For the first time in nearly two decades, hundreds of Washington carpenters walked off the job Thursday, slowing work at job sites and calling for better pay.

With a 56% to 44% vote during the weekend, members of the Northwest Carpenters Union rejected a tentative contract deal and authorized a strike. Picket lines were planned for early Thursday morning.

The strike is expected to halt carpenters’ work at hundreds of construction projects across the region, ranging from sites with a few carpenters to large projects, according to the union. The affected sites will include Microsoft office projects on the Eastside and Vulcan’s Block 38, a Seattle mixed-use office project at Westlake Avenue and Mercer Street.

However, the effects of the strike may appear muted to the general public. Most of the city’s biggest projects, such as Climate Pledge Arena and Sound Transit light rail construction, have agreements in place preventing a strike. At those sites, union carpenters will keep working and pay a portion of their wages into a strike fund to support those who walked out. About 2,000 of the union’s roughly 12,000 members work at sites where they can strike, according to the union.

Carpenters say they’re pushing for bigger pay increases in their next contract to keep up with the cost of living.

The strike also reveals divisions in the union, whose members have rejected four tentative agreements this year. In the latest vote, some rank-and-file members rallied against the proposal while others pushed for a “yes” vote. Ahead of the strike, some members questioned why the union wasn’t planning to picket more sites and union leadership warned members against engaging in unauthorized wildcat strikes and sick-outs.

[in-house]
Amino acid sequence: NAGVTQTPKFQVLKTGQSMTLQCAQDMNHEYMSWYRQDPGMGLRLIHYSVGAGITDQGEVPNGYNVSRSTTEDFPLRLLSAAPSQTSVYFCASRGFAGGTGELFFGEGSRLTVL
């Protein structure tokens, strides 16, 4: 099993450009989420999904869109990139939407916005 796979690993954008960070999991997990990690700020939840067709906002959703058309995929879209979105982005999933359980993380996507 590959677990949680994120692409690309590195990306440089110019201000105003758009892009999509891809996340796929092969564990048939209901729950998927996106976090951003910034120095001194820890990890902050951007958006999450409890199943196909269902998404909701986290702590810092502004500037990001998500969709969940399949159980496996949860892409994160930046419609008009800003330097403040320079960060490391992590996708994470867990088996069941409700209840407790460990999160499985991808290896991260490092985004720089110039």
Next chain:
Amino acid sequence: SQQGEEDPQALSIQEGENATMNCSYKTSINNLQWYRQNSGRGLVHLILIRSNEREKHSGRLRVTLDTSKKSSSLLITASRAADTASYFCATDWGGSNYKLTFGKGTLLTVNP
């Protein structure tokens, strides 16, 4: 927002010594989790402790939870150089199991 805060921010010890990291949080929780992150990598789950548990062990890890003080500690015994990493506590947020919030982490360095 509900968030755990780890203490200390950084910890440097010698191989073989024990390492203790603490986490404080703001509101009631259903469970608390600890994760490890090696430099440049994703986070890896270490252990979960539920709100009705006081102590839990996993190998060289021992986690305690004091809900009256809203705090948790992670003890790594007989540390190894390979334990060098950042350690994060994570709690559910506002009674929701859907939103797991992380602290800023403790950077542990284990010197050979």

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“We have not been able to unite under this agreement. It is time for us to unite under a strike,” said Evelyn Shapiro, executive secretary-treasurer of the union.

The Association of General Contractors of Washington, which represents the carpenters’ employers, says it offered workers a “strong package” of pay raises. Contractors “intend to continue to operate their businesses,” the association said in a written update to employers this week.

In a statement issued Thursday after the strike began, the AGC said it was “disappointed and perplexed the union is proceeding with this strike following such a robust and competitive package offer.” High construction costs can “push developers to other markets, increase loss of Union market share, and potentially reduce carpenter hours,” the AGC said. The two sides have not yet set another bargaining date, the union said Wednesday.

The latest four-year deal rejected by union membership included a $13.25 “total package increase,” including pay and benefits.

Current wages range from $46.92 to $48.42 an hour. The last offer would have increased pay by about $9.40 per hour over the course of four years, according to the union. Pension contributions would have gradually increased from $8.60 per hour to $11.15 per hour throughout the four-year term, according to the union.